Untersuchungen zur Assoziation von Polymorphismen in regulatorischen Elementen der Lipoproteinlipase und des Apolipoprotein E mit KHK und Triglyzerid-Stoffwechsel

Durch Atherosklerose bedingte Kardiovaskuläre Erkrankungen sind die Haupttodesursache in der westlichen Welt. Neben der familiären Disposition, dem Geschlecht und dem Lebensalter gibt es zahlreiche beeinflussbare Risikofaktoren für diese Erkrankungen. Zusätzlich zum Nikotin-Konsum, der arteriellen H...

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Bibliographic Details
Main Author: Schell, Johanna Kristina
Contributors: Schäfer, Jürgen (Prof.) (Thesis advisor)
Format: Doctoral Thesis
Published: Philipps-Universität Marburg 2011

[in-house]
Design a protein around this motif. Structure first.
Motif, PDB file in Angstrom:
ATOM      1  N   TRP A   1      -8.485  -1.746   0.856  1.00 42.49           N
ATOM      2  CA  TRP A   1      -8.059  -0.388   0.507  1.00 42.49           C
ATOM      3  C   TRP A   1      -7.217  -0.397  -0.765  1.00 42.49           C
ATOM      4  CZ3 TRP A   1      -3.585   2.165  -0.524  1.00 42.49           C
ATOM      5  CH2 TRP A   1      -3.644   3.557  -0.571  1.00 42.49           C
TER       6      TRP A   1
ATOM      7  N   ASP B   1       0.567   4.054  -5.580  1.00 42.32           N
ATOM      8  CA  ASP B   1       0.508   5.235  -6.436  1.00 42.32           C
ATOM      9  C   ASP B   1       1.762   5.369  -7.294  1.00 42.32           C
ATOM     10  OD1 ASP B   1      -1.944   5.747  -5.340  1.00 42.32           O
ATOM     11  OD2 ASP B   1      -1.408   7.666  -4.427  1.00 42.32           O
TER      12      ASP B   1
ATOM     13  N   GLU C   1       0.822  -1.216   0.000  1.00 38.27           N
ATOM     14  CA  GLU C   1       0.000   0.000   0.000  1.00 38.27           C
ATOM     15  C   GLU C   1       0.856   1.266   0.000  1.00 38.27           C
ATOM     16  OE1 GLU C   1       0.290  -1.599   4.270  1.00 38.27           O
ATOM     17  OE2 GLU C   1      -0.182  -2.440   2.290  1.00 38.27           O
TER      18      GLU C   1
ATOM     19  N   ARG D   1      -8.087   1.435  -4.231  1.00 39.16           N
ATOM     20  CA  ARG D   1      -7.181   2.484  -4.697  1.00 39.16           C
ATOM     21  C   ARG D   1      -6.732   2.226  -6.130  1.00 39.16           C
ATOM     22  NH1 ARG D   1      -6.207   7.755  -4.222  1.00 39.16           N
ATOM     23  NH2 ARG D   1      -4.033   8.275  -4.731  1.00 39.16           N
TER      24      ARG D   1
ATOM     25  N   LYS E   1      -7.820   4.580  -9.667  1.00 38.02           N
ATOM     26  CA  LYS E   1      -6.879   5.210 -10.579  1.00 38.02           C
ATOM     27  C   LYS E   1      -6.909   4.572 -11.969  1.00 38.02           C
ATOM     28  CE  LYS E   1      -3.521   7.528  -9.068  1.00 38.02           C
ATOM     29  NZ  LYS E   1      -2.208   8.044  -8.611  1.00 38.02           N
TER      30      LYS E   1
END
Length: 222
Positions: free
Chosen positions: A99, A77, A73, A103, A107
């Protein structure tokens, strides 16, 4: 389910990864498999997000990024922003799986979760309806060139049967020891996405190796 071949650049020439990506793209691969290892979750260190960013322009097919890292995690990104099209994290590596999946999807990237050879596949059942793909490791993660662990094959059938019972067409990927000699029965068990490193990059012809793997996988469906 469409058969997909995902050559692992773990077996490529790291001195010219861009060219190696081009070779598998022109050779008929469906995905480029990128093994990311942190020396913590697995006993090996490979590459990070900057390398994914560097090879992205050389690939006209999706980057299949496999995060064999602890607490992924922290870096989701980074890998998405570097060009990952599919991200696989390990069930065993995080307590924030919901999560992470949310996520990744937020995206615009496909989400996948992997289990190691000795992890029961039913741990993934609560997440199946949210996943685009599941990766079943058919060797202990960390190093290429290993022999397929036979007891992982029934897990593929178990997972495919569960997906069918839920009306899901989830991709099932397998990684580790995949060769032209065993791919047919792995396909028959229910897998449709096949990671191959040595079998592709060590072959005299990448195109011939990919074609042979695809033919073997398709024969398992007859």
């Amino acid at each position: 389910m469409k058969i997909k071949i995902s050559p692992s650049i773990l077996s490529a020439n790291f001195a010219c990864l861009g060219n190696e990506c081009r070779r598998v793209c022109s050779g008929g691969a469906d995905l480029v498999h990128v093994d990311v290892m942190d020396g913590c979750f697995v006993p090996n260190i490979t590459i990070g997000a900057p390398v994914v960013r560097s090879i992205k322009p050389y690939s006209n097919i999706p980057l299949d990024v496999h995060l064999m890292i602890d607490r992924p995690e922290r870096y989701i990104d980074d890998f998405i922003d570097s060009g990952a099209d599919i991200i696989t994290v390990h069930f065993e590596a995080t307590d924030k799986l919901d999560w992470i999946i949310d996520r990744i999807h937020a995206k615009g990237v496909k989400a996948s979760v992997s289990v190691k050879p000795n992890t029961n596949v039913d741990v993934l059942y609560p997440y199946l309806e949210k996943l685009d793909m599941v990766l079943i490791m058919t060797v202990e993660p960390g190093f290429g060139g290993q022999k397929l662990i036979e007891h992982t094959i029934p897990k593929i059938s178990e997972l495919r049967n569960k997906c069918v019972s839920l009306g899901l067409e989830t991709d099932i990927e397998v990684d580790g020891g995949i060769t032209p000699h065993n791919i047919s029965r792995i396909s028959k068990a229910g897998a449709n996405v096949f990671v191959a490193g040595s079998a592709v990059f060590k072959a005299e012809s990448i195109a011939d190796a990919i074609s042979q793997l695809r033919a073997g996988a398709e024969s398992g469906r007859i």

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Cardiovascular diseases caused by atherosclerosis are the major causes of death in the western world. Beside a positive family history, gender and age there are many other risk factors, that can be influenced by mankind. Next to smoking, high blood pressure and Diabetes mellitus these are especially serum cholesterol- and Triglyzerid-level. Lipoprotein lipase and apolipoprotein E are important factors for the hydrolysis of Triglyzerides and in that way they have a big influence on Triglyzerid-level. Aim of this study was to screen certain gene-regulatory sequences of these proteins for mutations that have influence on their expression. Apolipoprotein E mediates the binding of Triglyzerid-rich-lipoproteins to the VLDL-receptor. Lipoprotein lipase lowers Triglyzerid-levels in serum through hydrolysis and raises HDL-level by supporting the exchange of other lipids between lipoproteins. These two effects are responsible for the atheroprotective impact of this enzyme. In atherosclerotic plaques lipoprotein lipase has atherogenic impact by the increase of the amount of remnant lipoproteins which change the endothelial characteristics. LDL and VLDL are kept to the subendothelial matrix and support the progress of atherosclerosis. The expression of lipoprotein lipase is controlled by its promoter, the expression of apolipoprotein E in the liver requires 2 hepatic control regions (HCR1 and HCR2), expression in mature macrophages and adipocytes requires multinenhancer (ME1 and ME2). We studied these sequences in the DNA of 264 patients with an BMI < 25 kg/m2 from the Marburger KHK-Präventions-Allianz. 134 of them had elevated Triglyzerides (> 150 mg/dl), 130 had normal Triglyzerid-levels (< 150 mg/dl). The sequences were first amplified using PCR and then screened for mutations by DGGE, suspicious probes were sequenced. From the data of the Marburger KHK-Präventions-Allianz we took the lipid levels, BMI and the result of the coronary angiography as well as some other risk factors and made a statistical analysis between wildtyp- and mutation-patients. Within the regulatory elements of apolipoprotein E we could not find any mutation, the sequences seem to be strongly conserved, even in literature there are no important mutations described. Within the promoter of the lipoprotein lipase we found 2 already described SNPs, -93T/G and -95G/T. Described studies of -95G/T showed no influence of this SNP on promoter-activity in vitro, and statements on in-vivo-experiments could not be found. In our study we found six carriers of this mutations, the -95T-Allel was associated with lower Triglyzerid-level and moderate elevated HDL-level. Both effects can be seen as hints that -95T eventually increases the promoter-activity. We could not find any differences relating to risk of developing coronary heart disease. Different effects of -93T/G are described in literature, an increased activity as well as a lowered activity. Within our study we had 8 patients with this mutation, two of them had Triglyzerides > 150 mg/dl, two < 150 mg/dl. There was a trend of slightly elevated Triglyzerides as described in other studies, the elevated risk of coronary heart disease and lower HDL-levels as well as an higher BMI could not be confirmed with our data. Also there has been lots of research concerning apolipoprotein E and lipoprotein lipase and their influence on Triglyzerid-level and CHD, there still remain lots of open questions that need to be cleared by further studies.